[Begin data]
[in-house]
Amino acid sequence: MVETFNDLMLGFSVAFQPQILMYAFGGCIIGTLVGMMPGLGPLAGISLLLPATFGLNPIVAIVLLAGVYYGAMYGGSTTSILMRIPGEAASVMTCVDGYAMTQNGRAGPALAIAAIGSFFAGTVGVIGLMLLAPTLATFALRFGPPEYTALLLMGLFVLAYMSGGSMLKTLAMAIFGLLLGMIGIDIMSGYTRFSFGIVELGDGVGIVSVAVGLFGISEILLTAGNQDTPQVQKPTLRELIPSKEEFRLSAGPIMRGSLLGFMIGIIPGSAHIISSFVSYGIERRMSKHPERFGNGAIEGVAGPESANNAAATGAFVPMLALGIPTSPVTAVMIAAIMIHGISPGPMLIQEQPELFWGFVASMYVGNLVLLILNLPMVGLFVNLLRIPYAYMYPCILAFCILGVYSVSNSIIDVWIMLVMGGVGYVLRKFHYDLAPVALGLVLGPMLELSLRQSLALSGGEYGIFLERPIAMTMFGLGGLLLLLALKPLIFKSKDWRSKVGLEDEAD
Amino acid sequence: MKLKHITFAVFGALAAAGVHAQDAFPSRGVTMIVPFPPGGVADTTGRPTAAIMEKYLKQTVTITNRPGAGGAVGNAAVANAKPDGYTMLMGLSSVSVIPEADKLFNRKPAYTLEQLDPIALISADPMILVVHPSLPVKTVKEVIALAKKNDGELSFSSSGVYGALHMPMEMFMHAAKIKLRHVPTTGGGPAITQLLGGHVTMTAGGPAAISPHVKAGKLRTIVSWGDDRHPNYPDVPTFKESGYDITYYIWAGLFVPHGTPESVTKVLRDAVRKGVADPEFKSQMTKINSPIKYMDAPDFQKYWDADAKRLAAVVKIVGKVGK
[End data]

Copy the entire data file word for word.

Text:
[in-house]
Amino acid sequence: MVETFNDLMLGFSVAFQPQILMYAFGGCIIGTLVGMMPGLGPLAGISLLLPATFGLNPIVAIVLLAGVYYGAMYGGSTTSILMRIPGEAASVMTCVDGYAMTQNGRAGPALAIAAIGSFFAGTVGVIGLMLLAPTLATFALRFGPPEYTALLLMGLFVLAYMSGGSMLKTLAMAIFGLLLGMIGIDIMSGYTRFSFGIVELGDGVGIVSVAVGLFGISEILLTAGNQDTPQVQKPTLRELIPSKEEFRLSAGPIMRGSLLGFMIGIIPGSAHIISSFVSYGIERRMSKHPERFGNGAIEGVAGPESANNAAATGAFVPMLALGIPTSPVTAVMIAAIMIHGISPGPMLIQEQPELFWGFVASMYVGNLVLLILNLPMVGLFVNLLRIPYAYMYPCILAFCILGVYSVSNSIIDVWIMLVMGGVGYVLRKFHYDLAPVALGLVLGPMLELSLRQSLALSGGEYGIFLERPIAMTMFGLGGLLLLLALKPLIFKSKDWRSKVGLEDEAD
Amino acid sequence: MKLKHITFAVFGALAAAGVHAQDAFPSRGVTMIVPFPPGGVADTTGRPTAAIMEKYLKQTVTITNRPGAGGAVGNAAVANAKPDGYTMLMGLSSVSVIPEADKLFNRKPAYTLEQLDPIALISADPMILVVHPSLPVKTVKEVIALAKKNDGELSFSSSGVYGALHMPMEMFMHAAKIKLRHVPTTGGGPAITQLLGGHVTMTAGGPAAISPHVKAGKLRTIVSWGDDRHPNYPDVPTFKESGYDITYYIWAGLFVPHGTPESVTKVLRDAVRKGVADPEFKSQMTKINSPIKYMDAPDFQKYWDADAKRLAAVVKIVGKVGK